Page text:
No, really, I’ve just been a boring blogger, and though my lack of concentration continues, I’m going to blog anyway. Thought the title should come as a warning!

So, to start off my randomness: if you’ve heard that cinnamon is an ant repellent, it is true! Or, at least, so far tonight, it is working. My beloved Tempest is clumsy, and this is as true when she’s eating as when she’s jumping or “weaving” (aka, knocking over everything in her path). So drips and drops of food surround her dish. I have a placemat of sorts for this purpose, but she delicately avoids the placemat in favor of dripping and dropping her bits on the floor.

The ants have discovered this bounty.

At first I would get my mini broom and sweep them up to relocate them outside. This was tiring and annoying. Then I thought, if they make two daily pilgrimages, I can live with that. They did seem to disappear once they had relocated the dribblings, after all. Into my wall, perhaps; I didn’t inquire, since there are some things I figure I’m better off not knowing.

Today, however, Tempest didn’t finish her breakfast. So when I got home from work, her dish was crowded with ants. Freaking out (I don’t want to kill them, but it doesn’t mean I actually enjoy living with them), I hustled the dish outside and relocated the chunks of food and many ants to the grass outside my patio.

Enough is enough! I had heard about the wonders of cinnamon – apparently ants are really not fond of it. So, feeling a bit like I was preparing to make an invocation of sorts, I drew a cinnamon circle around Tempest’s food and dripping area.

So far so good. Cinnamon! Excellent in hot chocolate, oatmeal cookies, pumpkin pie, and surrounding your messy cat’s dish!

I guess that was longer than a snapshot.

heh.

A few months ago the barrista guy, who I really think could potentially be veganizable (and yes, I think this way), mentioned a book that had a big influence on him. “The unbearable lightness of being.” Possibly it was made into a movie? I’m not sure how it could be, having started reading it, but either way, I know I’ve heard the name quite a bit. Oddly he seemed to see a connection to that and a story that was big in the news at the time, about that polar bear cub at the Berlin Zoo. Knut, I think his name was. (the cub’s)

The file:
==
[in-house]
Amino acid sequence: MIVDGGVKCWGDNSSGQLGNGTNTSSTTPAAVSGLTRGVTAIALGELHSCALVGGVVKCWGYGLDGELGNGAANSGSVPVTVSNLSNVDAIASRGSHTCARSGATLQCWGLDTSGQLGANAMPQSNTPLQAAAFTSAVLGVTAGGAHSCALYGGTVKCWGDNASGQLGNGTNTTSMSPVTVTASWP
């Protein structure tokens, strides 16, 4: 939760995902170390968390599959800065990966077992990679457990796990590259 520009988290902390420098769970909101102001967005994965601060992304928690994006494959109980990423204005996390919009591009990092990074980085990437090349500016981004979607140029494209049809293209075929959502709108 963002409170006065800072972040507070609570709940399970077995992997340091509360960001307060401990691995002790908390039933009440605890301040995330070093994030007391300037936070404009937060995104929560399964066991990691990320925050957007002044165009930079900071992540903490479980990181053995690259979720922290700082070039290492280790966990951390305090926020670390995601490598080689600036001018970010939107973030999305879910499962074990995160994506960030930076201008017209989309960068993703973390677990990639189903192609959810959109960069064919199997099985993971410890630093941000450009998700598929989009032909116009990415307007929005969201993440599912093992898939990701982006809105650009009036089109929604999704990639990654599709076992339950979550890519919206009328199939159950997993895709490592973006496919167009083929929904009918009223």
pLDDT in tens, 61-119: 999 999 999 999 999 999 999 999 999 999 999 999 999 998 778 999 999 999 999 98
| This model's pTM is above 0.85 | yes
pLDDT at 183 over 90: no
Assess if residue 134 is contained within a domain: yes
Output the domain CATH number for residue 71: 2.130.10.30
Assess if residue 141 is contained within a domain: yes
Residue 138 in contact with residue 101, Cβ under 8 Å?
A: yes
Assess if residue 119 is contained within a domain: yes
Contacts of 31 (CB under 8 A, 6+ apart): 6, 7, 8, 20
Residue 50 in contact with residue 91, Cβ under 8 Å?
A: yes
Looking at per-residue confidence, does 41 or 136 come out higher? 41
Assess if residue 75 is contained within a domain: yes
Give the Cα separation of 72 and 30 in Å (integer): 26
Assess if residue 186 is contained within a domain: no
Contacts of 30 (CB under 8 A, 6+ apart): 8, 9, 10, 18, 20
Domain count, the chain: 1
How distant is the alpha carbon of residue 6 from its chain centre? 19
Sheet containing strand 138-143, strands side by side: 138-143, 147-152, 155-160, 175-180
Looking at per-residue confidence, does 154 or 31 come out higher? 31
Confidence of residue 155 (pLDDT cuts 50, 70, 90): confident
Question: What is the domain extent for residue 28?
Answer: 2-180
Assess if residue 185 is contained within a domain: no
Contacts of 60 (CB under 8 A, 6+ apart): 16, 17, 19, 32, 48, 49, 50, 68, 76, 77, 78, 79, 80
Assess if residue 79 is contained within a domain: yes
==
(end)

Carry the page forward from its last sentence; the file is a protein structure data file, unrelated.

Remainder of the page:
Anyway, I’m finding it an interesting read so far. One thought-provoking quote:

Let us therefore agree that the idea of eternal return implies a perspective from which things appear other than as we know them: they appear without the mitigating circumstance of their transitory nature. This mitigating circumstance prevents us from coming to a verdict. For how can we condemn something that is ephemeral, in transit? In the sunset of dissolution, everything is illuminated by the aura of nostalgia, even the guillotine.

The name of the book is explained in a round about way; it apparently comes from a philosophy of Nietzsche, the idea of eternal return. If eternal return doesn’t exist, is just a myth, that changes things. And the title explained:

If eternal return is the heaviest of burdens, then our lives can stand out against it in all their splendid lightness.

But is heaviness truly deplorable and lightness splendid?

The heaviest of burdens crushes us, we sink beneath it, it pins us to the ground. But in the love poetry of every age, the woman longs to be weighed down by the man’s body. The heaviest of burdens is therefor simultaneously an image of life’s most intense fulfillment. The heavier the burden, the closer our lives come to the earth, the more real and truthful they become.

Conversely, the absolute absence of a burden causes man to be lighter than air, to soar into the heights, take leave of the earth, and his earthly being, and become only half real, his movements as free as they are insignificant.

So there you go. The unbearable lightness of being; the life that is doomed not to repeat, to be therefore insignificant in its freedom from responsibility.

I’ve only just started the book. It will be interesting to see how this is developed.

I thought that would be a short blurb too. Maybe my brain has been tired because I’ve been keeping things in!

I decided last night that I would try to go to sleep early. Meaning at 11, getting a potential whopping 6.5 hours of sleep instead of my normal 4-5. What an exhausting attempt. First of all, I couldn’t get to sleep, a rare occurrence for me. Then I had some odd dreams, and I think I woke up before my alarm, which made me quite cranky. Finally my alarm went off, and I stumbled out of bed, exhausted. I think 4-5 hours of sleep is a lot more restful.

pps view

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